Although there were many great groups within the Department of Chemistry at Oxford that I would have been happy to join, I was drawn towards the group of Kylie Vincent and their focus on bio-catalysis. After undertaking further research on the group’s current work, I proposed the use of a bio-catalytic method to treat textile dye wastewater. The method was simple, cost-effective and efficient, which were those important parameters to consider when looking to design a system with practical applications.

My mentors Tara Lurshay and Daria Sokolova helped me greatly to honour my research. Having them there to offer me guidance and support, created an environment in which I felt comfortable to learn in. I was not only able to build my confidence in performing lab experiments, but also my research and scientific writing skills. From the onset we had clear ambitions for the project, this helped us to accomplish so much in a short amount of time, owing to my supervisor Professor Kylie Vincent. 

I feel as though I will look back on my time at Oxford fondly; an insightful experience full of pleasant memories that will last a lifetime. Living with the other two JRCF students was pivotal to my enjoyment. As well as having people to discuss work and share ideas with, I also had people to explore the city with. This is thanks to Worcester College for providing us all with accommodation. 
Prior to the studentship I wasn’t entirely sure where my academic career could take me. As a black woman, it has been rare to see representations of myself within chemistry, making it difficult to picture myself pursing a PhD in the field. This experience, however, has now made the idea seem less daunting and all the more possible.


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Sivarajan Sivakumar (Deringer group)

Summer was fast approaching and I was about to book my usual flight home to Malaysia when I received an intriguing email informing me about the Joseph Rufino Cordeiro Foundation (JRCF) summer studentships in sustainable chemistry. I had been interested in this field since coming to university. In particular studying materials chemistry gave me insight into the various efforts being made to design environmentally friendly alternatives to current energy storage devices. Improvement in this area will undoubtedly play a huge role as the demand for electric vehicles rises.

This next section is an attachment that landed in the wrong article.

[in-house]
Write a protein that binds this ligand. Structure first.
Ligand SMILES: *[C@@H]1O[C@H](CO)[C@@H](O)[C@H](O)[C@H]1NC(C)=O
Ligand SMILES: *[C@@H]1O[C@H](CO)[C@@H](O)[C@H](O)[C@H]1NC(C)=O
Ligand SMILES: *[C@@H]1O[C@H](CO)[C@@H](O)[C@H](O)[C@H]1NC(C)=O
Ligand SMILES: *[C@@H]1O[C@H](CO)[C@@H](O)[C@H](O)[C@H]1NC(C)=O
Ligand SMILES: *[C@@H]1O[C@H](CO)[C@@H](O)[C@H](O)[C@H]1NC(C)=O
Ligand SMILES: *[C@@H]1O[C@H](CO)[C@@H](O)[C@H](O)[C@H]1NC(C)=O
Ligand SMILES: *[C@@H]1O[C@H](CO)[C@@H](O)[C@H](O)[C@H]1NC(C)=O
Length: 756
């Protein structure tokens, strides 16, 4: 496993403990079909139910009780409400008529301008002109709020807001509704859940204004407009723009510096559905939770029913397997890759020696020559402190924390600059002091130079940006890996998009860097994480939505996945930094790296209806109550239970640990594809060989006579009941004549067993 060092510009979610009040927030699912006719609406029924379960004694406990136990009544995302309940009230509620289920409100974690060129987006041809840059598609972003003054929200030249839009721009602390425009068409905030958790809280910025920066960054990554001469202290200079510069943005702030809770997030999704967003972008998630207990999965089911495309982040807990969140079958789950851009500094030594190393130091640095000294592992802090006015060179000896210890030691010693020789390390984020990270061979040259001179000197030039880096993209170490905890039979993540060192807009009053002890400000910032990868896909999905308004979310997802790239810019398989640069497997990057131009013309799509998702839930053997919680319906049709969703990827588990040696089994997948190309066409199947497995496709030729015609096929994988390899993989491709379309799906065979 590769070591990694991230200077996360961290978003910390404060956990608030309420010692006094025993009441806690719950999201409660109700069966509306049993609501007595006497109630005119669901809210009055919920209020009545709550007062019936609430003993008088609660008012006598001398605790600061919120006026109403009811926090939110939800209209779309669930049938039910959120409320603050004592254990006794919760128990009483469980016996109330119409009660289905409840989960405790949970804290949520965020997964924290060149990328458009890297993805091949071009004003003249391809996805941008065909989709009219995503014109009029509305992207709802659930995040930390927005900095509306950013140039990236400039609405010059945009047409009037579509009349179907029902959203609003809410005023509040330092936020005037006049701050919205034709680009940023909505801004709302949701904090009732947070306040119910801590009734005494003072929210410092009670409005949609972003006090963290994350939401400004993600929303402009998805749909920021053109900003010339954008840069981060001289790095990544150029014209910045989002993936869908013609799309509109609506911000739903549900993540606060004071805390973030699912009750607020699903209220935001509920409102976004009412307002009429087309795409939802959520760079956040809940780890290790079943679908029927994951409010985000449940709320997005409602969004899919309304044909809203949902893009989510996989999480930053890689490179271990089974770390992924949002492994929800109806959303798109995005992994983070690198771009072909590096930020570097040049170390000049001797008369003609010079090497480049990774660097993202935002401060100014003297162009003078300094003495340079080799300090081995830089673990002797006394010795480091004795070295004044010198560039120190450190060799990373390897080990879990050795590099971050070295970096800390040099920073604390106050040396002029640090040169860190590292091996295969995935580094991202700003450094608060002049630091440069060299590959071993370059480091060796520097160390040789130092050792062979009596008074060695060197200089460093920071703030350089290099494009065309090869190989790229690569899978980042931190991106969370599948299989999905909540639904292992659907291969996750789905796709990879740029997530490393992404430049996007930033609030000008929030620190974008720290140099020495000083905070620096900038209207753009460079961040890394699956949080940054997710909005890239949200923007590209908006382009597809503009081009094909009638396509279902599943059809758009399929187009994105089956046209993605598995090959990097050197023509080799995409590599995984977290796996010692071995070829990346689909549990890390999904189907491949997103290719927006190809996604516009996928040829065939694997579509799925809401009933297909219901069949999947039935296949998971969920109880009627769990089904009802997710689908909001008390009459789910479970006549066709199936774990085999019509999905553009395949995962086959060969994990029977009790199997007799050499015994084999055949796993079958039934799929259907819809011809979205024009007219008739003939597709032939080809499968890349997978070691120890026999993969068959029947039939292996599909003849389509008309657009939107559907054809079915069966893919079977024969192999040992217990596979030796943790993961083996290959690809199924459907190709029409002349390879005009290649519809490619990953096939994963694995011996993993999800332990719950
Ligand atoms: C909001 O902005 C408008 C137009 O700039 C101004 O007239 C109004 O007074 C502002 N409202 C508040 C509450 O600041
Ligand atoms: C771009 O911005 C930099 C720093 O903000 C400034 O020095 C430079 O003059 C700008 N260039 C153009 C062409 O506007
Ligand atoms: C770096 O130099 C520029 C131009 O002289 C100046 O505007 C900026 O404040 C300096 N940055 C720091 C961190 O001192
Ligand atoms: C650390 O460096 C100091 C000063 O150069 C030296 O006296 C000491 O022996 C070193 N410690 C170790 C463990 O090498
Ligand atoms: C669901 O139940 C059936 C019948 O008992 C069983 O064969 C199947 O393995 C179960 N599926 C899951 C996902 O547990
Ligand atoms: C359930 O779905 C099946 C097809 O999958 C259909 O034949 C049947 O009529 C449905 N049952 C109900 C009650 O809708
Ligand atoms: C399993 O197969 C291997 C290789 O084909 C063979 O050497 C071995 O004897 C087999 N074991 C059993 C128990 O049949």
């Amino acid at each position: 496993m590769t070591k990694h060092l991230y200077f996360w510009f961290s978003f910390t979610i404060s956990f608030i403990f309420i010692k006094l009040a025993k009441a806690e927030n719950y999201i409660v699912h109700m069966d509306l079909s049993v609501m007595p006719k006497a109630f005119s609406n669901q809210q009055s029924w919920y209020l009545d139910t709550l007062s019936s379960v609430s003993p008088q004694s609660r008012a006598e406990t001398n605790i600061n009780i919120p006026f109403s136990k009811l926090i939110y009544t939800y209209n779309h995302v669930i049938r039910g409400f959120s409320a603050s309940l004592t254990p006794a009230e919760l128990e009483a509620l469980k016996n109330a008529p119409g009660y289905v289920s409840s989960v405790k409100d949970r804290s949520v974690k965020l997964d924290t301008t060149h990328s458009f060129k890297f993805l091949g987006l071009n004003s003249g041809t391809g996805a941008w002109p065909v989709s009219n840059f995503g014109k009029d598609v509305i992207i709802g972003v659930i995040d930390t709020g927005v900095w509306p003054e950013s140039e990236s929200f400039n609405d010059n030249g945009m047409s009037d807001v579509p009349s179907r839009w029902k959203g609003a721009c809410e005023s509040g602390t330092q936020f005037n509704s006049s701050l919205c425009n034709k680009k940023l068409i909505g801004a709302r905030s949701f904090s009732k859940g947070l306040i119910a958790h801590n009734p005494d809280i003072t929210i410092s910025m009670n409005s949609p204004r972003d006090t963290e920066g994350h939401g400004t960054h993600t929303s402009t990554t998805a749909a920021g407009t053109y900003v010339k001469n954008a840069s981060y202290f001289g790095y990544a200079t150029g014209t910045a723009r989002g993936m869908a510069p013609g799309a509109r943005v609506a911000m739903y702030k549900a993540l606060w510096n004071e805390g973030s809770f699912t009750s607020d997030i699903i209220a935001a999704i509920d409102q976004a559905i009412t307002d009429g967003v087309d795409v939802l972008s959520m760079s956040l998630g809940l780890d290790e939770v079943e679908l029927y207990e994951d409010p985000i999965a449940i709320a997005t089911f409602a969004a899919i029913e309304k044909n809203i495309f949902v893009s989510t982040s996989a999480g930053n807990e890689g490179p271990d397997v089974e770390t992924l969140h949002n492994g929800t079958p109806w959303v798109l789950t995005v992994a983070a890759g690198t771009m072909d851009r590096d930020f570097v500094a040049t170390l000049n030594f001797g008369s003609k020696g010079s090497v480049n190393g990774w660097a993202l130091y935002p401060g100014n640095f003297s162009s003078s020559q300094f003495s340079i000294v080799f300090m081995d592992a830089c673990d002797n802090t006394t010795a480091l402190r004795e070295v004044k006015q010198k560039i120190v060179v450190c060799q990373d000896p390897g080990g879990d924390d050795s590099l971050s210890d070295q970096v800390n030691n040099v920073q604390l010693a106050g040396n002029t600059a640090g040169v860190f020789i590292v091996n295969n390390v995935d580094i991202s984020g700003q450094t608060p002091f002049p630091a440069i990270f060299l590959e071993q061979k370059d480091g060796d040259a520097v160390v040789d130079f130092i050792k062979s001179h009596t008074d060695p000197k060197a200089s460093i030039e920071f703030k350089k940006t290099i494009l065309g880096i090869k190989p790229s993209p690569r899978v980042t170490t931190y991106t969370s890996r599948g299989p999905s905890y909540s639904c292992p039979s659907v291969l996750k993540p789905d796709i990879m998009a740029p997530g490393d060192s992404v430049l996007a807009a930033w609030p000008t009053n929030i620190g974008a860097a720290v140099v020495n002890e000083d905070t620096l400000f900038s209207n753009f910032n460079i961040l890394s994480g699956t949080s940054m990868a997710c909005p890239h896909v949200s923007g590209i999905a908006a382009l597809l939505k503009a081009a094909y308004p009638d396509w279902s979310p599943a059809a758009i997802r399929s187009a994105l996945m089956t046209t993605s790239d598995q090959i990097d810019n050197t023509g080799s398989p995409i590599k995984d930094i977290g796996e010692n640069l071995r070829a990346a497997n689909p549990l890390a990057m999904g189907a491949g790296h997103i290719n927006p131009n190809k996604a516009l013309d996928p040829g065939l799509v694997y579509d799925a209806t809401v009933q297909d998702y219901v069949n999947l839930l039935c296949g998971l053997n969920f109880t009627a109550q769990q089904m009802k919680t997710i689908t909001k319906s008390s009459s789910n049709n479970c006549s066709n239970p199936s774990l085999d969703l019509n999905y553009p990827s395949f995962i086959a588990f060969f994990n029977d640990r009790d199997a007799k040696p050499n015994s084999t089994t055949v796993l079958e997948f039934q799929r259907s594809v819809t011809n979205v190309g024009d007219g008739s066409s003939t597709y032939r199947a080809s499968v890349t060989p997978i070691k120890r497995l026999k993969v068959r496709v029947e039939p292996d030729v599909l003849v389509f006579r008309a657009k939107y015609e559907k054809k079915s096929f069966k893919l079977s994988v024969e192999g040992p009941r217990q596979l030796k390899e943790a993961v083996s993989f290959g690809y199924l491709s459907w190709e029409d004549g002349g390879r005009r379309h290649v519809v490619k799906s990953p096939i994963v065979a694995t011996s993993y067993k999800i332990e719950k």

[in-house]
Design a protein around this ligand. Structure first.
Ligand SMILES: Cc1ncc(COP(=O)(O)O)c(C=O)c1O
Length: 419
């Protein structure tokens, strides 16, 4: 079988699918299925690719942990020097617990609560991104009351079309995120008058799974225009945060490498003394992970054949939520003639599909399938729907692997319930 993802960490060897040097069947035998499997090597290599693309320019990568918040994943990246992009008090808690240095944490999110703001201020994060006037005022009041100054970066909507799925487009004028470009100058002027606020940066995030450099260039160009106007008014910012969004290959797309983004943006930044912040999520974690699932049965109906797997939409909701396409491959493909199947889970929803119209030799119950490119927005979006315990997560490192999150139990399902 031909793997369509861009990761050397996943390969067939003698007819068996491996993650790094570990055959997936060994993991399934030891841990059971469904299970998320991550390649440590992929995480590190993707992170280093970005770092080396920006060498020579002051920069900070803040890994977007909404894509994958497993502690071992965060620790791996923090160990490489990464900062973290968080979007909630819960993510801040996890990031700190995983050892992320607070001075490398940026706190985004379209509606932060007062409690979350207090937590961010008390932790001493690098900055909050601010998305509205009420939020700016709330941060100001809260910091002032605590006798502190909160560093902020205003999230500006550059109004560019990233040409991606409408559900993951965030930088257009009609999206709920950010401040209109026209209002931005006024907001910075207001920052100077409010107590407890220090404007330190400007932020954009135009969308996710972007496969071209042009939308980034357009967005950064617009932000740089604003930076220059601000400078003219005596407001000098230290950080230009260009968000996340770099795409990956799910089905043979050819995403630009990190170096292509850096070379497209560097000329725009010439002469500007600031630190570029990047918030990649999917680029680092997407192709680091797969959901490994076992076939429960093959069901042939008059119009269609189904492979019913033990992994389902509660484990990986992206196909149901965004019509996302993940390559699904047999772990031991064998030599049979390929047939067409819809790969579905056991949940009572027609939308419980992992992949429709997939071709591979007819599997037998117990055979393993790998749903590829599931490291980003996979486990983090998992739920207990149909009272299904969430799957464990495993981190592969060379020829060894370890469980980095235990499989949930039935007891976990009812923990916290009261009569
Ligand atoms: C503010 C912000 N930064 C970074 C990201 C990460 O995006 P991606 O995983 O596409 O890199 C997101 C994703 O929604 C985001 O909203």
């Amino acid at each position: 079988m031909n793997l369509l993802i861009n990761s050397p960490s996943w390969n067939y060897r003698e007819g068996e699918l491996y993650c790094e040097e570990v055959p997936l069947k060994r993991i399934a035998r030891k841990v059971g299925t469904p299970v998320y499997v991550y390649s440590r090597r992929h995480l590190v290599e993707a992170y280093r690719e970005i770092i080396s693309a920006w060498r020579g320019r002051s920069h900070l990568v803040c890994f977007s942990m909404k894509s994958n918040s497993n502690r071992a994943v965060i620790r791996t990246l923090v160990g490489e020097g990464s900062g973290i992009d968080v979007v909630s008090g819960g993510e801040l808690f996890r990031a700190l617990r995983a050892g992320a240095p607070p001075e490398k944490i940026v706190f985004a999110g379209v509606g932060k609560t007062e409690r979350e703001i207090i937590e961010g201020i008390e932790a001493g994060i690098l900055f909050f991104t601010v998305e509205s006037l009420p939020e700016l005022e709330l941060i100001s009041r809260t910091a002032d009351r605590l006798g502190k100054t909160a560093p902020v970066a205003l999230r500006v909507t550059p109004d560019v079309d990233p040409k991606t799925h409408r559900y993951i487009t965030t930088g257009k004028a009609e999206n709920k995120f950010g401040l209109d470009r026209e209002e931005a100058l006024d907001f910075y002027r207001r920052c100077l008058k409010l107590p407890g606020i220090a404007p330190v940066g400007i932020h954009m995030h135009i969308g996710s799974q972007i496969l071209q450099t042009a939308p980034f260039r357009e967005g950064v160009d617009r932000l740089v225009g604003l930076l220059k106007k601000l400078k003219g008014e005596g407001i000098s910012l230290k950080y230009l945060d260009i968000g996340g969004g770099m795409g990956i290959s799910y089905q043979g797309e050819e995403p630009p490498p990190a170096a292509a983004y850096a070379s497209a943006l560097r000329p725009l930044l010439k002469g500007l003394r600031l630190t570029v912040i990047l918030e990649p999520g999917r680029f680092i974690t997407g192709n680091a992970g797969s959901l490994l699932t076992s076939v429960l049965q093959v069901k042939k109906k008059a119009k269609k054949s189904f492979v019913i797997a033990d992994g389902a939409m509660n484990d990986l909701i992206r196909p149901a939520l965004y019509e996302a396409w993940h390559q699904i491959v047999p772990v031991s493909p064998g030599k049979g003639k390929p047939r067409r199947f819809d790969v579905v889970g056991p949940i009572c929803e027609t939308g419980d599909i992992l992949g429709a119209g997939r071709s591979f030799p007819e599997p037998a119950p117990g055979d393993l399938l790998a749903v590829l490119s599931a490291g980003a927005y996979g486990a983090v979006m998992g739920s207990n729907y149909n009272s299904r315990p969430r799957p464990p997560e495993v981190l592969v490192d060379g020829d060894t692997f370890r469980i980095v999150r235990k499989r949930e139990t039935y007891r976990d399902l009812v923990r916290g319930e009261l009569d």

The most common battery used is made of lithium cobalt oxide (LCOs). Despite its relatively high specific energy, this has a number of drawbacks which include low thermal stability and high toxic waste production due to the need to nanostructure the graphite electrodes. Better alternatives to LCOs have been the topic of ongoing research. Specifically, niobium tungsten oxide (NbWO) materials caught my attention as their geometry gives them unique properties that make them more desirable than the other Li-ion based cathodes. 

What drew me to Professor Deringer’s group were the efforts in applying machine learning techniques to help accelerate molecular dynamics (MD) simulations and still retain the accuracy akin to a Density Functional Theory (DFT) simulation. Like most, I was aware of machine learning (ML) but had limited experience of using it. I saw this as a great way to learn how to apply ML in my project to better understand the structure of the different phases of NbWO materials and their Li-ion diffusion pathways. This is crucial to understand to facilitate the development of more sustainable materials. 

During the studentship, I was assigned a mentor, Zakariya, to help me get to grips with the fundamentals behind ML-interatomic potentials, specifically CASTEP-GAP, and apply it to the material I wanted to investigate. He was approachable and guided me to set up the infrastructure and computing environment needed to run the simulations. Before I started my project, Volker gave me a mini exercise to run a simulation of carbon atoms. The purpose was to practice running MD simulations and familiarise myself with the necessary packages. This was extremely helpful and gave me the confidence to work on my project after that. At the end of every week, I had to submit a report to Volker on the project progress which helped me keep track of my results. Volker was very encouraging and took my opinions into account during discussions as well as providing suggestions on what parameters to look for. 

Overall, I was satisfied with what the group and I had achieved in modelling these materials. I gained more familiarity with using the Linux terminal and working with high performance computing. I will definitely feel more confident using computational chemistry in future projects.